It was wonderful to have the running club members there to cheer me into the finish. I finished 105 in 21:30. It was my first run over 100K, my first over 17 hours, and my first 24 hour run. The PRs were rewarding but most of all, I was happy to sit down, talk with friends, and be done.

Saturday, March 1, 2008

The EGO speaks

I had started another blog but got distracted. My vote if you have to spend the day in the Emergence Department it is to be the patient who gets the pain meds and gets to sleep. I’m doing great and getting better every day, thank you but that will be a whole different blog.

My friend casually mentioned that someone who had taken my Pilates class told her it drove her nuts when I used the word Kegel. She believes that I pronounce it wrong and since she is a nurse she knows.

I could have let it go at this and I really don’t care if people don’t like something that I do. I have my reasons for the way I teach and the things I teach and I strive to learn more and to be the best teacher that I can be for my students. But my ego gets in the way. I have this thing about imparting correct information, my husband might say I like to be right. This is totally personal, but when I started teaching childbirth education, I was trained to have the most current and correct information to give to students. I told my kids if they wanted to be the ones on the playground with the correct information to ask me and I would tell them. It is an EGO thing. I recognize that.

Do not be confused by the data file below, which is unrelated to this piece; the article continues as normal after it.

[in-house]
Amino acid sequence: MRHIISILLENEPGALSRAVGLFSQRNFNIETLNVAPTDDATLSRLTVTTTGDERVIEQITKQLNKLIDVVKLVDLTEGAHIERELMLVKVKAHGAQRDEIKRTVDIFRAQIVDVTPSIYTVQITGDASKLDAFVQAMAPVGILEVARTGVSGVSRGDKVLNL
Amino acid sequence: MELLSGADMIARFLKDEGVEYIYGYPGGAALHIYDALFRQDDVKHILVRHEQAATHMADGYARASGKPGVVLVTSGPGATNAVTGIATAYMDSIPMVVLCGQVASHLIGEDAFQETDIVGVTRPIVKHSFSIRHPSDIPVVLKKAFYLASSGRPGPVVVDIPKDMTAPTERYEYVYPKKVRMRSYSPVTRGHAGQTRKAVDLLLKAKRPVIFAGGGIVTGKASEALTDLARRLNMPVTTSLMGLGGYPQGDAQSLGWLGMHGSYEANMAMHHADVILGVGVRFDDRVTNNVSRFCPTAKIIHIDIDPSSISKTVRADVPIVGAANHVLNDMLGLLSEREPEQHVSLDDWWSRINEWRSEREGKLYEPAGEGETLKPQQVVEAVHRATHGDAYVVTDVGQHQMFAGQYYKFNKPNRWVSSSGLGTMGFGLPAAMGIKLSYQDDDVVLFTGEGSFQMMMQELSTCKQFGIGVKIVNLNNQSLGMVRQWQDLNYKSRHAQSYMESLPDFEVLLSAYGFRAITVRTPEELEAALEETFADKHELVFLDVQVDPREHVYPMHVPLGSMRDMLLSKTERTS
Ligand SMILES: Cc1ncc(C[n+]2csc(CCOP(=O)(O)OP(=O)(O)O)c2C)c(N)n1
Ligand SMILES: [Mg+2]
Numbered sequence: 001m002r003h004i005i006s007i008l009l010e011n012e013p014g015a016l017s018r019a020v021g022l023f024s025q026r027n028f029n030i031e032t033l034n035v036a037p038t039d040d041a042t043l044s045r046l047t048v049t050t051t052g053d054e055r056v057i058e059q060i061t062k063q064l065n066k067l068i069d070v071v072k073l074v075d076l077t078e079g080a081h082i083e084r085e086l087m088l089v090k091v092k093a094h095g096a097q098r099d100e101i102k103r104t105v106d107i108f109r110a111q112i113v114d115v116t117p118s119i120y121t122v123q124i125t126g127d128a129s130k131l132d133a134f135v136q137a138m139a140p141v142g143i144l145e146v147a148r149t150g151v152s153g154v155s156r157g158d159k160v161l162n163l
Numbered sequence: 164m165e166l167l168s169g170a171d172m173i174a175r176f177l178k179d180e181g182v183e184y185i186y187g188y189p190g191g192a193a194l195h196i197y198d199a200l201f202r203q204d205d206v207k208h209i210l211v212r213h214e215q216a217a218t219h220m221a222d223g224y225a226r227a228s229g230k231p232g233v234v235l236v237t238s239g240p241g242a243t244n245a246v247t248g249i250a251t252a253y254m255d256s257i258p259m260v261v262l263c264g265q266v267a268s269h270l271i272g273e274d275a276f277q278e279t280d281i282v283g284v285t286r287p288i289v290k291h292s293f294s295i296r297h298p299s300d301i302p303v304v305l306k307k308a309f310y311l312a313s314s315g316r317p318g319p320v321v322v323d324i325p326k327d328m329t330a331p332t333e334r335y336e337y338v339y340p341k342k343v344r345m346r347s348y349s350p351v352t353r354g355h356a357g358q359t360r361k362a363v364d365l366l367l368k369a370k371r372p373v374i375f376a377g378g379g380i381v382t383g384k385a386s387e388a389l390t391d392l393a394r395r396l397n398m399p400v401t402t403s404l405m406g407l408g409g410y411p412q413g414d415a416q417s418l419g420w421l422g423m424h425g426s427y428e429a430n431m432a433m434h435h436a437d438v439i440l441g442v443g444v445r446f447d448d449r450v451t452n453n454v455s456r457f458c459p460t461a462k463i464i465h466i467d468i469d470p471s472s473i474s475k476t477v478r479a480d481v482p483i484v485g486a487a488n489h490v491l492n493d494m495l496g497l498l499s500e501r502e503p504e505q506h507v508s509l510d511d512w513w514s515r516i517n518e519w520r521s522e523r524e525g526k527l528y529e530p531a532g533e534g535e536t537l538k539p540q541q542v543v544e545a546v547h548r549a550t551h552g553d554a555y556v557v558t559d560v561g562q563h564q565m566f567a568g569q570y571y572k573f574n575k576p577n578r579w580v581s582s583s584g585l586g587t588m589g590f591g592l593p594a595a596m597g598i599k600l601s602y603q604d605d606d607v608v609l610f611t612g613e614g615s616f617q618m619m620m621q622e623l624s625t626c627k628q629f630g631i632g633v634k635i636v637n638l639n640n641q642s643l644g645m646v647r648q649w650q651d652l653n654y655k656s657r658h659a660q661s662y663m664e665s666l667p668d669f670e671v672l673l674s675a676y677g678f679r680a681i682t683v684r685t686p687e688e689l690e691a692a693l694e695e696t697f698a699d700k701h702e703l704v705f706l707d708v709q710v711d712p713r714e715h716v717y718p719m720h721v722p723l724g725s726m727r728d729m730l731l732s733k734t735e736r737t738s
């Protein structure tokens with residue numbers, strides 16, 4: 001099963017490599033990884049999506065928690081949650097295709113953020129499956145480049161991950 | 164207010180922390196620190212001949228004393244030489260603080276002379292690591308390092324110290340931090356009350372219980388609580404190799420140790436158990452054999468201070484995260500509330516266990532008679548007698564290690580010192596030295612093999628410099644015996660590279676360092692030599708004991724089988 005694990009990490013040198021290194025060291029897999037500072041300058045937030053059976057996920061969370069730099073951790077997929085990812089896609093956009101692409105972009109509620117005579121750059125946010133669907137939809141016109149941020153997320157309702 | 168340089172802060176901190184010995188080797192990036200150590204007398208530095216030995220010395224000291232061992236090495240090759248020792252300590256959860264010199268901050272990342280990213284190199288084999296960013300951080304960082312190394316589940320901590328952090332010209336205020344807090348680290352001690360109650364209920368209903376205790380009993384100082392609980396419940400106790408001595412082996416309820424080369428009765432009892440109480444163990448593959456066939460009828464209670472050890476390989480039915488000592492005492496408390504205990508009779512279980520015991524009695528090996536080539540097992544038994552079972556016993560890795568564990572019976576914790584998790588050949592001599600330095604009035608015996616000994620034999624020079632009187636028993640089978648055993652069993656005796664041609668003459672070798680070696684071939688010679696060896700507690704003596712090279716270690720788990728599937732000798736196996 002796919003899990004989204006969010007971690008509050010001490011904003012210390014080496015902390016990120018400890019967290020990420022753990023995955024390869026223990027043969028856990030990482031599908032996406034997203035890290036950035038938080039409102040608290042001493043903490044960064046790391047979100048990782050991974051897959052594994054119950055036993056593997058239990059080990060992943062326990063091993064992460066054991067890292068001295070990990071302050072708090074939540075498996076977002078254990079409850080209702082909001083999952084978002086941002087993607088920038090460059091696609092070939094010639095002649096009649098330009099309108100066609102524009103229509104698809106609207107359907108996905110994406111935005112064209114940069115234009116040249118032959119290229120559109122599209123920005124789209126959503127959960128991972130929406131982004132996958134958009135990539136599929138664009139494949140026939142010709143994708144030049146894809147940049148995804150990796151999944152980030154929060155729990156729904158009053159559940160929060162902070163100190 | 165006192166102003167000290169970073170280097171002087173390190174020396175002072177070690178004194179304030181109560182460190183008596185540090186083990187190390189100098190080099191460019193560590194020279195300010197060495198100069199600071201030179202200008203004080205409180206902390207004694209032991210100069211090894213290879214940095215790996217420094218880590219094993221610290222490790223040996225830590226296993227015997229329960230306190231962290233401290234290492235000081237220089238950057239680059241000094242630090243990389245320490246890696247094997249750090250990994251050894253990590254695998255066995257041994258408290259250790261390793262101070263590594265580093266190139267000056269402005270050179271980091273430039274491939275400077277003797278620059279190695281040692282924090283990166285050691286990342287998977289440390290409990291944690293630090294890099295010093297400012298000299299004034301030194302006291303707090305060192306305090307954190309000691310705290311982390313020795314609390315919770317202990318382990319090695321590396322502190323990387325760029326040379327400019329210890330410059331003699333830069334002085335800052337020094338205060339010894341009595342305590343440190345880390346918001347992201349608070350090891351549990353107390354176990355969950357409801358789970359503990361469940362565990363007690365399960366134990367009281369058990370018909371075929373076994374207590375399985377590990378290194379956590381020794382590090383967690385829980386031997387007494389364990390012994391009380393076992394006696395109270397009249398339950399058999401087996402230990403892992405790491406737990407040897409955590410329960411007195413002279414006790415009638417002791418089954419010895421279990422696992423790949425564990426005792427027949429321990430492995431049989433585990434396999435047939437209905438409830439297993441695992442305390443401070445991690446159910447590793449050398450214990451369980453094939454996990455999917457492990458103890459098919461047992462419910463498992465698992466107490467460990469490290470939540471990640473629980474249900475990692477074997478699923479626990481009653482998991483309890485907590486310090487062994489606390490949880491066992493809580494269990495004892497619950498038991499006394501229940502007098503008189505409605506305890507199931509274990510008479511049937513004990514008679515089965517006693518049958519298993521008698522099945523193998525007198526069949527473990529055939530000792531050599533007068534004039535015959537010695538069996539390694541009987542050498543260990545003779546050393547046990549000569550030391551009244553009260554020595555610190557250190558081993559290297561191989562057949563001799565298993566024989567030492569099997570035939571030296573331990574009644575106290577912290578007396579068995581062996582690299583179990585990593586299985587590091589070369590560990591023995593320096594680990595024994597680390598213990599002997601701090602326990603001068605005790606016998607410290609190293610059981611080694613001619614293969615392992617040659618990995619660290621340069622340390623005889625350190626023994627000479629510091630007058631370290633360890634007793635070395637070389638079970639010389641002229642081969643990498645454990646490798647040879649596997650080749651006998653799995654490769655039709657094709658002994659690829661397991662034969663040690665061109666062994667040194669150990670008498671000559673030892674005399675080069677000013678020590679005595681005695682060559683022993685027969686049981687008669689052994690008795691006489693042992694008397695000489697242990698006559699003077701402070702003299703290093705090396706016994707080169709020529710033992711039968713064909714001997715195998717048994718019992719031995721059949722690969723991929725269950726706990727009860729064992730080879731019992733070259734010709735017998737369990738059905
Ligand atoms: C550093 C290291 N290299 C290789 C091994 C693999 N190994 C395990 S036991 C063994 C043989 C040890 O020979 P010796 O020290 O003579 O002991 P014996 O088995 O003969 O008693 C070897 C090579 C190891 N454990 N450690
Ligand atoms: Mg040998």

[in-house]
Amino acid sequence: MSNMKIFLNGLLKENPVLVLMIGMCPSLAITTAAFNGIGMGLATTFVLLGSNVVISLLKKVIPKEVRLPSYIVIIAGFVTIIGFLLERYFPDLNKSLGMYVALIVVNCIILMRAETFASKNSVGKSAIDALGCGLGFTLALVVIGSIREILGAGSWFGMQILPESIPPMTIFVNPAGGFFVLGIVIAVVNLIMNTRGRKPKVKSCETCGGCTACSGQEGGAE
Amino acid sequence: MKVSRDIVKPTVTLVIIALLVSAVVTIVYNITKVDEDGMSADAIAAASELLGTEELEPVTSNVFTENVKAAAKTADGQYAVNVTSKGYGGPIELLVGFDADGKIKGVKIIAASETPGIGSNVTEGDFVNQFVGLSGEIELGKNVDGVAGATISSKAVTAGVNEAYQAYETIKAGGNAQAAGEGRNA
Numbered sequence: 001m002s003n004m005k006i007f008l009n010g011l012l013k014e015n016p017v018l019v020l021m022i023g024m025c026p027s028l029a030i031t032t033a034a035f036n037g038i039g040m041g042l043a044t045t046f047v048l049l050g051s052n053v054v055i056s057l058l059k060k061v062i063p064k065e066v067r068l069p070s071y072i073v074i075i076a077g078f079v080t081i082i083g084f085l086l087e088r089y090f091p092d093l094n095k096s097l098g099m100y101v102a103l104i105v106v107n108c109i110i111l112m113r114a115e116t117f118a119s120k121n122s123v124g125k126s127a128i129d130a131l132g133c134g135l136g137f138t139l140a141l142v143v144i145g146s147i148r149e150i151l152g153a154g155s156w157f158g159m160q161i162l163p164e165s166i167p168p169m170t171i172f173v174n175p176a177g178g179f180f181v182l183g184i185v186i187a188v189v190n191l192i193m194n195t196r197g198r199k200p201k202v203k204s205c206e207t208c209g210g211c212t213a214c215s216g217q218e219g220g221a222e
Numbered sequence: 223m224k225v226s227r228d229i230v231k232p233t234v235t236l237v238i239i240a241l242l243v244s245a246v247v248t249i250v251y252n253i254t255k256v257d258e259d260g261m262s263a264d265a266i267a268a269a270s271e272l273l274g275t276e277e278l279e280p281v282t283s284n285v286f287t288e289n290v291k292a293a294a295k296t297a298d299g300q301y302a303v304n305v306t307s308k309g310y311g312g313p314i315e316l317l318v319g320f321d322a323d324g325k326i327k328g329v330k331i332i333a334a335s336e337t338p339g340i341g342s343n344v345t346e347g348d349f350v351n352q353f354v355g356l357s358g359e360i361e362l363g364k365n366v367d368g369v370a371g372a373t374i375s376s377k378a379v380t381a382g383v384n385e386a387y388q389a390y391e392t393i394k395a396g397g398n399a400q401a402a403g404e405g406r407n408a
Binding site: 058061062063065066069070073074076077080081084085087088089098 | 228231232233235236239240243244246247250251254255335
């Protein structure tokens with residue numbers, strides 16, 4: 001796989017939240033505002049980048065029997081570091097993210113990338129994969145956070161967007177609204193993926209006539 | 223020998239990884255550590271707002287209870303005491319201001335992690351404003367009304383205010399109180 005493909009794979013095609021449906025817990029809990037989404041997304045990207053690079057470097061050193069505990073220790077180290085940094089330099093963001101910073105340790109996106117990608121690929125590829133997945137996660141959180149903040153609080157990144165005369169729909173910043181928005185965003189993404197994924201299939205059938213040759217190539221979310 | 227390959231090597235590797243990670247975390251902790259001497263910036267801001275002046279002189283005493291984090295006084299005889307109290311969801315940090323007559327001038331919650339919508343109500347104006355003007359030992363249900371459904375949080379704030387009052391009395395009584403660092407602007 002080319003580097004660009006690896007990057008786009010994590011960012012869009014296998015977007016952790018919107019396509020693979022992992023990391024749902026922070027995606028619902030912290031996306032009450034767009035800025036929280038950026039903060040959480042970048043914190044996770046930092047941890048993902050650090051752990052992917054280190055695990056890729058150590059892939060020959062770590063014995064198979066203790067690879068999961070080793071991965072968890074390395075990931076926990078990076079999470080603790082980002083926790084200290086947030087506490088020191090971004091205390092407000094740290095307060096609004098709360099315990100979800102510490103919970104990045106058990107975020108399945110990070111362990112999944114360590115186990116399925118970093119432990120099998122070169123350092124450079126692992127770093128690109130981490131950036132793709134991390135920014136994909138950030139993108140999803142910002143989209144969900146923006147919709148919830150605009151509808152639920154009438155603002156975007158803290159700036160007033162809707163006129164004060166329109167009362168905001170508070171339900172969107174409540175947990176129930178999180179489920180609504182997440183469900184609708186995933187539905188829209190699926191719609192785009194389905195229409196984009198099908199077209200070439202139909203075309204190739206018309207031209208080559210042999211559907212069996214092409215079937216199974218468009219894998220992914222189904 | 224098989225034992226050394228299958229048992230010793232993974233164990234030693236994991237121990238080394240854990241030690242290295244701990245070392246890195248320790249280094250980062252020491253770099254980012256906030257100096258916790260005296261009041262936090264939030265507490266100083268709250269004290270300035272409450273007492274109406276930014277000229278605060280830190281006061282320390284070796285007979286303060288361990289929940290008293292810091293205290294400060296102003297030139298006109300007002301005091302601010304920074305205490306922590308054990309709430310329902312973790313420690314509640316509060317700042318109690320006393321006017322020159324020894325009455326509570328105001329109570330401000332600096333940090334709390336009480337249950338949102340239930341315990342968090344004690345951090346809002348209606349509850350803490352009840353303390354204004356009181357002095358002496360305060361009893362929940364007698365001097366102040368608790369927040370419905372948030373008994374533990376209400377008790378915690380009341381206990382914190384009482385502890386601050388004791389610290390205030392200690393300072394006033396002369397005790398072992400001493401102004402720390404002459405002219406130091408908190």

I went to bed the night my friend shared this information but there was no way I could go to sleep. I have always pronounced Kegel with the first "e" being a long "a" sound. That is the way I was taught in nursing school and when I went through my training to be a certified childbirth educator. I hear people pronounce it with a long "e" for the first "e". I assumed it was a west coast/east coast, tomato/tomahto kind of thing, so I never worried or cared. Until that night. I had to get up, turn the computer back on and search for the pronunciation of the word. I found the correct pronunciation is both on Merriam-Wbster Medical Dictionary.

kegel exercises
(for some reason, the pronunciation won't copy here so do check the link if you want to see it)
Function: noun plural
: repetitive contractions by a woman of the muscles that are used to stop the urinary flow in urination in order to increase the tone of the pubococcygeal muscle especially to control incontinence or to enhance sexual responsiveness during intercourse